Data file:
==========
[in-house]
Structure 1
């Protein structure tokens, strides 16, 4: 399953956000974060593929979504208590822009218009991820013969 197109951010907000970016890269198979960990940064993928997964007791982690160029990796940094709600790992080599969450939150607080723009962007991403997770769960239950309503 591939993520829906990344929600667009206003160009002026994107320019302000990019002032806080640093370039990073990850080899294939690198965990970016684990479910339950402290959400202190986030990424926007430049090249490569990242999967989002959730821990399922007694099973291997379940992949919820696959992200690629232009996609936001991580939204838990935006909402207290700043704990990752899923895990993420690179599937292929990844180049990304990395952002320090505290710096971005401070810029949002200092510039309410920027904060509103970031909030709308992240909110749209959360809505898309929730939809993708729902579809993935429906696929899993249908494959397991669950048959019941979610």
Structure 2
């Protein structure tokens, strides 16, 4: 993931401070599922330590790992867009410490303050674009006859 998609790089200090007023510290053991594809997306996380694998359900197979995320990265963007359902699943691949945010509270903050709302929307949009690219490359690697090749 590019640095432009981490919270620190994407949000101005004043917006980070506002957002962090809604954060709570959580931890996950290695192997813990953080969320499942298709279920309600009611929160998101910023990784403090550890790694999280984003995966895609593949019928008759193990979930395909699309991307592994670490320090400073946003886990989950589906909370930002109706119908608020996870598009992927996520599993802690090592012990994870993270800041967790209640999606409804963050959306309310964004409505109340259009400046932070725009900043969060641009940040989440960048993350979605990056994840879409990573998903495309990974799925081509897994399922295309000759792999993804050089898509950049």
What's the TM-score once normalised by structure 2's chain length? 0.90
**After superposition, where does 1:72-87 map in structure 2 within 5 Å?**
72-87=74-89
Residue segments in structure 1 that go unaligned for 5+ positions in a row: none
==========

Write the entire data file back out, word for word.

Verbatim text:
[in-house]
Structure 1
């Protein structure tokens, strides 16, 4: 399953956000974060593929979504208590822009218009991820013969 197109951010907000970016890269198979960990940064993928997964007791982690160029990796940094709600790992080599969450939150607080723009962007991403997770769960239950309503 591939993520829906990344929600667009206003160009002026994107320019302000990019002032806080640093370039990073990850080899294939690198965990970016684990479910339950402290959400202190986030990424926007430049090249490569990242999967989002959730821990399922007694099973291997379940992949919820696959992200690629232009996609936001991580939204838990935006909402207290700043704990990752899923895990993420690179599937292929990844180049990304990395952002320090505290710096971005401070810029949002200092510039309410920027904060509103970031909030709308992240909110749209959360809505898309929730939809993708729902579809993935429906696929899993249908494959397991669950048959019941979610």
Structure 2
């Protein structure tokens, strides 16, 4: 993931401070599922330590790992867009410490303050674009006859 998609790089200090007023510290053991594809997306996380694998359900197979995320990265963007359902699943691949945010509270903050709302929307949009690219490359690697090749 590019640095432009981490919270620190994407949000101005004043917006980070506002957002962090809604954060709570959580931890996950290695192997813990953080969320499942298709279920309600009611929160998101910023990784403090550890790694999280984003995966895609593949019928008759193990979930395909699309991307592994670490320090400073946003886990989950589906909370930002109706119908608020996870598009992927996520599993802690090592012990994870993270800041967790209640999606409804963050959306309310964004409505109340259009400046932070725009900043969060641009940040989440960048993350979605990056994840879409990573998903495309990974799925081509897994399922295309000759792999993804050089898509950049």
What's the TM-score once normalised by structure 2's chain length? 0.90
**After superposition, where does 1:72-87 map in structure 2 within 5 Å?**
72-87=74-89
Residue segments in structure 1 that go unaligned for 5+ positions in a row: none